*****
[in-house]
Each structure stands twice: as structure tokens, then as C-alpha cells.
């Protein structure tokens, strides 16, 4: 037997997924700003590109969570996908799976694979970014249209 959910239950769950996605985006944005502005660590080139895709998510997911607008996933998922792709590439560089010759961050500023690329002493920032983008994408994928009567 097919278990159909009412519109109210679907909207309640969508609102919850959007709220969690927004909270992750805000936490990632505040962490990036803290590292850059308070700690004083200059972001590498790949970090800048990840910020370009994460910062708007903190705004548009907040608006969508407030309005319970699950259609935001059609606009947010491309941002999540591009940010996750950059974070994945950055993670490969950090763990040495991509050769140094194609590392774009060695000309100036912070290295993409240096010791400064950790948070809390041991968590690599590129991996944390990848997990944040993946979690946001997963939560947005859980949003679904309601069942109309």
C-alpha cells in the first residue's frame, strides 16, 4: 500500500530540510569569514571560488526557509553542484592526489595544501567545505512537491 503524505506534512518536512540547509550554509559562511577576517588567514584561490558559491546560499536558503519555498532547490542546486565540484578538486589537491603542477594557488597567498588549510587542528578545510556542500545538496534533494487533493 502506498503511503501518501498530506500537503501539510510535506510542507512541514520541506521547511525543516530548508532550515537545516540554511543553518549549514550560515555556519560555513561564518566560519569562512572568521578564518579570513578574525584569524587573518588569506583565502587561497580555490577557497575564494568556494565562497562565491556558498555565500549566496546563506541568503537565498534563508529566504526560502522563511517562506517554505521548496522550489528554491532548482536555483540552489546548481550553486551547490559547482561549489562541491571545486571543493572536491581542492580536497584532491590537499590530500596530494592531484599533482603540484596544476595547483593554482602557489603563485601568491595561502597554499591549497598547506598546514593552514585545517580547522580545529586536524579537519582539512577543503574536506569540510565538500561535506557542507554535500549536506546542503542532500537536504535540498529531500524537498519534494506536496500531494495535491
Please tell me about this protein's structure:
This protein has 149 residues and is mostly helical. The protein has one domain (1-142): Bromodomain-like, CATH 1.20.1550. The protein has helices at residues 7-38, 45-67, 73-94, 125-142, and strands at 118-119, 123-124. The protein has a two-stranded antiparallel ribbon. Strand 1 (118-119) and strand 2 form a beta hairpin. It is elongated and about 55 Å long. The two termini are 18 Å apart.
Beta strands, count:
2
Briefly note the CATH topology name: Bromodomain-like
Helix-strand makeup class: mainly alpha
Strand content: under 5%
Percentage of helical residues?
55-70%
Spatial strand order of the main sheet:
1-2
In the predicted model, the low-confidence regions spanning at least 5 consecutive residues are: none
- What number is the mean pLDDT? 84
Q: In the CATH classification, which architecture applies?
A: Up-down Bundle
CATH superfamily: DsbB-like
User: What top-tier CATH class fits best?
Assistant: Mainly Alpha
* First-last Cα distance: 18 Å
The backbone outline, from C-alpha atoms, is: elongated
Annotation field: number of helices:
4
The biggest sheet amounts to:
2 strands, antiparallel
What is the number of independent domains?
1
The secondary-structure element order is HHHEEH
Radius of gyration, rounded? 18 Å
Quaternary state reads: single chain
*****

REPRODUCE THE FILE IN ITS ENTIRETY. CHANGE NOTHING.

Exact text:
[in-house]
Each structure stands twice: as structure tokens, then as C-alpha cells.
């Protein structure tokens, strides 16, 4: 037997997924700003590109969570996908799976694979970014249209 959910239950769950996605985006944005502005660590080139895709998510997911607008996933998922792709590439560089010759961050500023690329002493920032983008994408994928009567 097919278990159909009412519109109210679907909207309640969508609102919850959007709220969690927004909270992750805000936490990632505040962490990036803290590292850059308070700690004083200059972001590498790949970090800048990840910020370009994460910062708007903190705004548009907040608006969508407030309005319970699950259609935001059609606009947010491309941002999540591009940010996750950059974070994945950055993670490969950090763990040495991509050769140094194609590392774009060695000309100036912070290295993409240096010791400064950790948070809390041991968590690599590129991996944390990848997990944040993946979690946001997963939560947005859980949003679904309601069942109309």
C-alpha cells in the first residue's frame, strides 16, 4: 500500500530540510569569514571560488526557509553542484592526489595544501567545505512537491 503524505506534512518536512540547509550554509559562511577576517588567514584561490558559491546560499536558503519555498532547490542546486565540484578538486589537491603542477594557488597567498588549510587542528578545510556542500545538496534533494487533493 502506498503511503501518501498530506500537503501539510510535506510542507512541514520541506521547511525543516530548508532550515537545516540554511543553518549549514550560515555556519560555513561564518566560519569562512572568521578564518579570513578574525584569524587573518588569506583565502587561497580555490577557497575564494568556494565562497562565491556558498555565500549566496546563506541568503537565498534563508529566504526560502522563511517562506517554505521548496522550489528554491532548482536555483540552489546548481550553486551547490559547482561549489562541491571545486571543493572536491581542492580536497584532491590537499590530500596530494592531484599533482603540484596544476595547483593554482602557489603563485601568491595561502597554499591549497598547506598546514593552514585545517580547522580545529586536524579537519582539512577543503574536506569540510565538500561535506557542507554535500549536506546542503542532500537536504535540498529531500524537498519534494506536496500531494495535491
Please tell me about this protein's structure:
This protein has 149 residues and is mostly helical. The protein has one domain (1-142): Bromodomain-like, CATH 1.20.1550. The protein has helices at residues 7-38, 45-67, 73-94, 125-142, and strands at 118-119, 123-124. The protein has a two-stranded antiparallel ribbon. Strand 1 (118-119) and strand 2 form a beta hairpin. It is elongated and about 55 Å long. The two termini are 18 Å apart.
Beta strands, count:
2
Briefly note the CATH topology name: Bromodomain-like
Helix-strand makeup class: mainly alpha
Strand content: under 5%
Percentage of helical residues?
55-70%
Spatial strand order of the main sheet:
1-2
In the predicted model, the low-confidence regions spanning at least 5 consecutive residues are: none
- What number is the mean pLDDT? 84
Q: In the CATH classification, which architecture applies?
A: Up-down Bundle
CATH superfamily: DsbB-like
User: What top-tier CATH class fits best?
Assistant: Mainly Alpha
* First-last Cα distance: 18 Å
The backbone outline, from C-alpha atoms, is: elongated
Annotation field: number of helices:
4
The biggest sheet amounts to:
2 strands, antiparallel
What is the number of independent domains?
1
The secondary-structure element order is HHHEEH
Radius of gyration, rounded? 18 Å
Quaternary state reads: single chain